After a month or two, the authorities turned up asking why he had not been cremated. There followed a grand stand off involving the police, public health officials and of course the media, and a lengthy examination of some very interesting and pertinent questions, such as who owns a corpse, is it a ‘thing’ or a ‘possession’, and does a body actually have to be disposed of at all. 

The answer was no, it just has to not cause any health issues, and yes, it is a possession, in this case belonging to Robert. He successfully argued that there are something in the region of 1,500 corpses of varying antiquity exhibited around the UK in various museums; was it the freshness of Edwin that made him a body and not a mummy?  Good questions, art at its best, but it infuriated Plymouth City Council, whose history of dour puritanism had already had to deal with his louche image, not to mention the irritation caused by him faking his own death in 1981, and his highlighting of such uncomfortable civic issues with projects on things such as vagrancy, suicide and death.

Robert stubbornly hung onto Edwin’s body until his own untimely death aged 60 in 2002. It is a small irony that Edwin actually lived 11 years longer than Robert, seemingly on little more than air.

When Robert died in 2002, he had £12 in his possession, and owed his creditors over 2 million. 7 years later, lawyers valued his possessions at just over 7 million.

In the ensuing tidy up, literal and metaphorical, of his affairs, Edwin Mackenzie’s corpse was found in an artist’s drawer, still in remarkably good nick, and it was to see what the receptionist had described as ‘a pickled tramp’ that we had come for, rather than Robert’s somewhat predictable sexual paintings; skeletons humping girls from behind like dogs, bony fingers piercing amniotic bags of life, grinning skulls performing cunnilingus, wombs and breasts and ribcages.

What Robert himself said about Edwin’s body is what has struck anyone who has spent time with one: “ the total presence of the corpse and the total absence of the person,” the reason as undertakers we encourage people to return again and again to the body of those they love, to get it to sink in: they are not there. Somewhere, nowhere, everywhere maybe, but definitely not here.

He saw him as the ultimate memento mori, and now, here in a former monastery on The English Riviera as the rather low key centre piece to the exhibition, was the extremely rare chance to see the old boy. 

He has been dead a while now but the embalming was done thoroughly. He was a small, undernourished withered tramp to begin with; Edwin said his life on the road began at three and a half, but his yellowing, emaciated hairy body still fascinates and provokes awe, even for people like us who spend our days with the dead. 

We don’t embalm. Partly for environmental reasons, though I fear more for the embalmers than the water table, but really for psychological reasons. We think that the natural changes that a body goes through, the drawing back of the features, the sinking eyes, the thinning and discolouration of the fingertips, are things that the family can deal with, and if told honestly about what they are to see it not only fails to horrify, but actually helps.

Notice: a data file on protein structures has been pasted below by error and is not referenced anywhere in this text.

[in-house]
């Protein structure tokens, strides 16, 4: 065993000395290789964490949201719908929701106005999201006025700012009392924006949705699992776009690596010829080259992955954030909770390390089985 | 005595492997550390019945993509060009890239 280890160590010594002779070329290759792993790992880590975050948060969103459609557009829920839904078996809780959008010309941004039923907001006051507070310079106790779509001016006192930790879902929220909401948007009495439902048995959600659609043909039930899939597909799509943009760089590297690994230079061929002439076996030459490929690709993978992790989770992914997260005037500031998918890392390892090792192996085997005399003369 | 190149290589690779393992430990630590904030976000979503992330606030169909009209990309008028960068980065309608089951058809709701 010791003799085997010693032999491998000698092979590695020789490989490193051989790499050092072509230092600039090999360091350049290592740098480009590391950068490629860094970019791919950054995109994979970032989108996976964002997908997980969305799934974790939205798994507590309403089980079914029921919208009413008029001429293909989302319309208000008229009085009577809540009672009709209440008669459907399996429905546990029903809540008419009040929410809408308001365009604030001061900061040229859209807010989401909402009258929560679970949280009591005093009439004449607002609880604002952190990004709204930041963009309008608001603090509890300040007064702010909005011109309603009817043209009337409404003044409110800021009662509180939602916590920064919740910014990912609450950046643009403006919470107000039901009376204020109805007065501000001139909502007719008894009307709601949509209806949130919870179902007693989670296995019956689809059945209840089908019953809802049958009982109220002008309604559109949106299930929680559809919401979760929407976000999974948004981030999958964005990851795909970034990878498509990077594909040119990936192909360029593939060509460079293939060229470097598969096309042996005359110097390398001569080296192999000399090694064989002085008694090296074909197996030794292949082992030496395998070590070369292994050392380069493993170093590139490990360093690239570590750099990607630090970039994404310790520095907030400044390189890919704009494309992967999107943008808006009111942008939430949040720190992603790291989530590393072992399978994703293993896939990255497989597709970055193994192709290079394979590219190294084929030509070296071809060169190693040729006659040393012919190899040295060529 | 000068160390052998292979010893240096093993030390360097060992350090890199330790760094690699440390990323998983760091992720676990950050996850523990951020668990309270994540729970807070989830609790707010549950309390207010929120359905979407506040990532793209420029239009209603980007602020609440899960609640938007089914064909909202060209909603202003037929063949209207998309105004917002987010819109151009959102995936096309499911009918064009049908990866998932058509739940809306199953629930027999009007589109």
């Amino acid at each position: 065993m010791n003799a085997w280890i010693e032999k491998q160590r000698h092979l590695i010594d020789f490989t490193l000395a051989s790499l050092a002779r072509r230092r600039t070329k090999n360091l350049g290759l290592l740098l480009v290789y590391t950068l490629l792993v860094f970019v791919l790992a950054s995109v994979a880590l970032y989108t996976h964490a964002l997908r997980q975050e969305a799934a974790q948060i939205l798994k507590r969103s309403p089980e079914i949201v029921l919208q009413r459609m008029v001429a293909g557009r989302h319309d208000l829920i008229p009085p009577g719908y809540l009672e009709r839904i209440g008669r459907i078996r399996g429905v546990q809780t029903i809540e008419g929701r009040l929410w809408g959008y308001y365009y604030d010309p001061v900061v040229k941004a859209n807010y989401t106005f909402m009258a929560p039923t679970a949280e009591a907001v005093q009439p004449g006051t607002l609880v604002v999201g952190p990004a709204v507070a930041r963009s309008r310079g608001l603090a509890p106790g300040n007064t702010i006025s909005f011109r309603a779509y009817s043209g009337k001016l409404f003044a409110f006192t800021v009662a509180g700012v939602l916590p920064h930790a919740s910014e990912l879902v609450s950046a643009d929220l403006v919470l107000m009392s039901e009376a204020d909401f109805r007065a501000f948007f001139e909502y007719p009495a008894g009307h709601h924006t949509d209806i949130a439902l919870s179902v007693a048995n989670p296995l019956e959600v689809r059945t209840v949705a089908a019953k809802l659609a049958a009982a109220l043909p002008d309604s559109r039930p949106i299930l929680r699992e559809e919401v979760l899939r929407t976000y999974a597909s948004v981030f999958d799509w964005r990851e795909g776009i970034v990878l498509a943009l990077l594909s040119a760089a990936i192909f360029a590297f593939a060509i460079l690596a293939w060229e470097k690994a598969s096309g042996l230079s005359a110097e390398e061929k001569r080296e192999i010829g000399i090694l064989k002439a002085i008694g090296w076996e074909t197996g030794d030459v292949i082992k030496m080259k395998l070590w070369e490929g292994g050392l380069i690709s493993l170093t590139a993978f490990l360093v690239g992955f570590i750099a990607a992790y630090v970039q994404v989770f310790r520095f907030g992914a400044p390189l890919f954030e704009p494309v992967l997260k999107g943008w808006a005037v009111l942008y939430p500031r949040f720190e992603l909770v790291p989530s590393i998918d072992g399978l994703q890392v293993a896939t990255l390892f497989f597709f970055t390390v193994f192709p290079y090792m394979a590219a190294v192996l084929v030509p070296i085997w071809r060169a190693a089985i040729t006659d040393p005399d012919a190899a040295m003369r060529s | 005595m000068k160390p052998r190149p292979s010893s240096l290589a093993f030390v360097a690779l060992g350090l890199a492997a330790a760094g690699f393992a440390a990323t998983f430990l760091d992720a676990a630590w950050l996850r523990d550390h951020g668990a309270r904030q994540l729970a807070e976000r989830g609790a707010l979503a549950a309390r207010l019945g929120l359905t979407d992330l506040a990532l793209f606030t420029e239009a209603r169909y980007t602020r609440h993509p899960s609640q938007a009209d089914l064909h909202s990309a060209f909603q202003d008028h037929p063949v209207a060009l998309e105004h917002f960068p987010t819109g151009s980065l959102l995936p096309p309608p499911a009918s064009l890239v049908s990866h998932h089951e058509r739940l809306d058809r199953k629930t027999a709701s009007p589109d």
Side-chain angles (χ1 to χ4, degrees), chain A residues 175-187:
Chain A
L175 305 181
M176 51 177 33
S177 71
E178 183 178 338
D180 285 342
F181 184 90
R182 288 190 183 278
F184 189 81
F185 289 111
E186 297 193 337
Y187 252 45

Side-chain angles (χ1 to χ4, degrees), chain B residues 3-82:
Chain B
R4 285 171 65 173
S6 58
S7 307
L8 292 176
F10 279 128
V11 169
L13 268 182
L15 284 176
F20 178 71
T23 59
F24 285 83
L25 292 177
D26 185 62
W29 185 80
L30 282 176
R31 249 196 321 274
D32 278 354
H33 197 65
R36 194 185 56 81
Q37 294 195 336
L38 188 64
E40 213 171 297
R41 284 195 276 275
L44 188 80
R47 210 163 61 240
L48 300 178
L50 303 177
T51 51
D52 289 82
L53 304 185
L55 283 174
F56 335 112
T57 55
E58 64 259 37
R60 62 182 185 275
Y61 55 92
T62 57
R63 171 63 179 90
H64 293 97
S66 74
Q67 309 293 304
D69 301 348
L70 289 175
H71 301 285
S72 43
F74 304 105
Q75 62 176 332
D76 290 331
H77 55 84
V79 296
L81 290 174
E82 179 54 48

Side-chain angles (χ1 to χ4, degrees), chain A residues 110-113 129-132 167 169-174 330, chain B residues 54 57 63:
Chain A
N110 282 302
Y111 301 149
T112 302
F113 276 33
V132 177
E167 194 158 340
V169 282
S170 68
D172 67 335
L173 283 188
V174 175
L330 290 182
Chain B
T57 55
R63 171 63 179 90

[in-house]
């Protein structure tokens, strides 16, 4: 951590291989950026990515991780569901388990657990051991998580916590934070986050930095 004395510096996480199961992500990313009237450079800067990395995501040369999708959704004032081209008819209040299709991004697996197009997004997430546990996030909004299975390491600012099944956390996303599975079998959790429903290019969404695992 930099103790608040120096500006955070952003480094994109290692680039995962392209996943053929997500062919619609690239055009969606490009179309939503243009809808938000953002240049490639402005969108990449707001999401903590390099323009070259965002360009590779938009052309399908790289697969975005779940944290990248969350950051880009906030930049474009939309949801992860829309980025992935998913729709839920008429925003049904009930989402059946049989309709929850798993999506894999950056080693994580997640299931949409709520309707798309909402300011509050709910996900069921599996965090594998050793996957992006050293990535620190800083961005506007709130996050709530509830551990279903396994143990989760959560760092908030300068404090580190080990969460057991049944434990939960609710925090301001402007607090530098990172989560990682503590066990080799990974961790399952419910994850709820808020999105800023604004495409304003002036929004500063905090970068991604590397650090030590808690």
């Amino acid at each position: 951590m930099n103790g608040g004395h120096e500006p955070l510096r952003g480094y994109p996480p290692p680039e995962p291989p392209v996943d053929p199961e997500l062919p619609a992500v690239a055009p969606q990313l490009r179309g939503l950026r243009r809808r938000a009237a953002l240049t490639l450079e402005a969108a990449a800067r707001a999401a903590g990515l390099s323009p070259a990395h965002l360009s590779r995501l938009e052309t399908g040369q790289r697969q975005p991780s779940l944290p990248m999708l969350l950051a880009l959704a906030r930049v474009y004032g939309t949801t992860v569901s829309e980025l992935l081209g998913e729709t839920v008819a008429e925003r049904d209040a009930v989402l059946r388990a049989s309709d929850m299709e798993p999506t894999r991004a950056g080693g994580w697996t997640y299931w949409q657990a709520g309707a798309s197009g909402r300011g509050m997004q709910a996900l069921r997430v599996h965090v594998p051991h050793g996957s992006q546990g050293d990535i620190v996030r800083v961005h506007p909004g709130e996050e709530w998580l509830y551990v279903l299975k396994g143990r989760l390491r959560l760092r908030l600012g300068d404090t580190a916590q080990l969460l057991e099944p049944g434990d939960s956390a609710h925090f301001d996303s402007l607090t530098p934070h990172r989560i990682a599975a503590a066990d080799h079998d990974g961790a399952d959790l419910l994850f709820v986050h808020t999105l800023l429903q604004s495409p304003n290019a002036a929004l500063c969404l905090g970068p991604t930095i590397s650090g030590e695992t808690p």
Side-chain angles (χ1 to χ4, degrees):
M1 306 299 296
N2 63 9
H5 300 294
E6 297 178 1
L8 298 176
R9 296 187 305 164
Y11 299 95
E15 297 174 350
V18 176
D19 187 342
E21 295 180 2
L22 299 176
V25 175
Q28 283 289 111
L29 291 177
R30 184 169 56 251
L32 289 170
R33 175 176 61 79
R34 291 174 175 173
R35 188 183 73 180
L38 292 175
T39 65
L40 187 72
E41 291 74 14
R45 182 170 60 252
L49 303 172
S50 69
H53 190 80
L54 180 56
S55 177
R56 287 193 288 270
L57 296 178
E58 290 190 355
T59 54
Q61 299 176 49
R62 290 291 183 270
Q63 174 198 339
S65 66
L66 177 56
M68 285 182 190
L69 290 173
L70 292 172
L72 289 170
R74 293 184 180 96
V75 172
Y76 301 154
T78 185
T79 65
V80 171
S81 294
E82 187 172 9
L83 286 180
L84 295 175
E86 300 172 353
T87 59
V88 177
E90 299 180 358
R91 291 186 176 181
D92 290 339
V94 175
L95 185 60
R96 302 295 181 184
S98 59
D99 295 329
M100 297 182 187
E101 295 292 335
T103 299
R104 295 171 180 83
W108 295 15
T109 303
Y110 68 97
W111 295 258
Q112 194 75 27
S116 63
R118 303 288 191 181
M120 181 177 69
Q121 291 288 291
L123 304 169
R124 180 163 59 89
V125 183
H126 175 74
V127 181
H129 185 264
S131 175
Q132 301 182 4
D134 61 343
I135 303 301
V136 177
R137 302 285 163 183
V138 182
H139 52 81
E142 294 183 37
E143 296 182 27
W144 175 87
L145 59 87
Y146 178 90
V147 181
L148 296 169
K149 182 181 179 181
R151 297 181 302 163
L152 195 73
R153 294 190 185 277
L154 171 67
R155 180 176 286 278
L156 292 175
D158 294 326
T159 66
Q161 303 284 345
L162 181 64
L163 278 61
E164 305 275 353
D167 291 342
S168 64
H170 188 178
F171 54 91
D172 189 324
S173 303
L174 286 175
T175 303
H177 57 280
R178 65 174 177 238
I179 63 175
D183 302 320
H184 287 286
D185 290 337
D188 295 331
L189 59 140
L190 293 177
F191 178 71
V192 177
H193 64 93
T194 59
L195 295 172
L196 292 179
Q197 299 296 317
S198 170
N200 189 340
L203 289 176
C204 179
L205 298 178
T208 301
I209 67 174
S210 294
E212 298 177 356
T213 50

People unfurl in the presence of the truth, and the truth of what happens to a body in the liminal time between death and disposal is not always what horror films have led us to believe. It is gentler, perhaps even in Walt Whitman’s words, “and luckier.” Refrigeration between visits is of course essential, but the unstoppable, inevitable series of small changes that accompany most bodies’ early move from life to dead, are slight but profound, and are what can take the living to the brink of the furnace or the grave. It is a chance to say, again and again, “Okay, I get it. They really are gone. Let’s do what needs to be done.” 

So, despite the fact that he was embalmed, Edwin to us was a familiar if exaggerated sight; withered, crackled almost like canvas, each hair standing erect. And as he has now been dead well over twenty years, the absence of the personality was more pronounced than I have ever seen, but the thought that struck me as I gazed at his naked body was how much of his humanity still clung to him in a way which Gunther Von Hagens’s ‘plastinated’ mannequins don’t. 

But why? Both have been chemically preserved in a way I instinctively reject, yet one was filled with a fragile beauty which made me feel part of a bigger picture, and the other made me feel afraid for the road we have taken in the name of infotainment. 

Von Hagens’ plastinated people are undoubtedly educating, titillating and clever too, there of their own free will and most definitely art, but are they still in anyway remotely human? 

Something, perhaps not even in the technique but in the intention, has stripped them of more than their skin. They are Ridley Scott’s replicants awaiting animation, viscera bizarrely frozen in time, whereas Edwin, all creases and stitching and patina, is absolutely human. He is our future, what our outside bodies will look like when what was once within has gone. 

Age continues to wither him, as it should, as it does us all, but he strangely lives on, not posed as an athlete, or jauntily holding his entrails, or stripping off his muscles like body armour, but dead, dignified, still.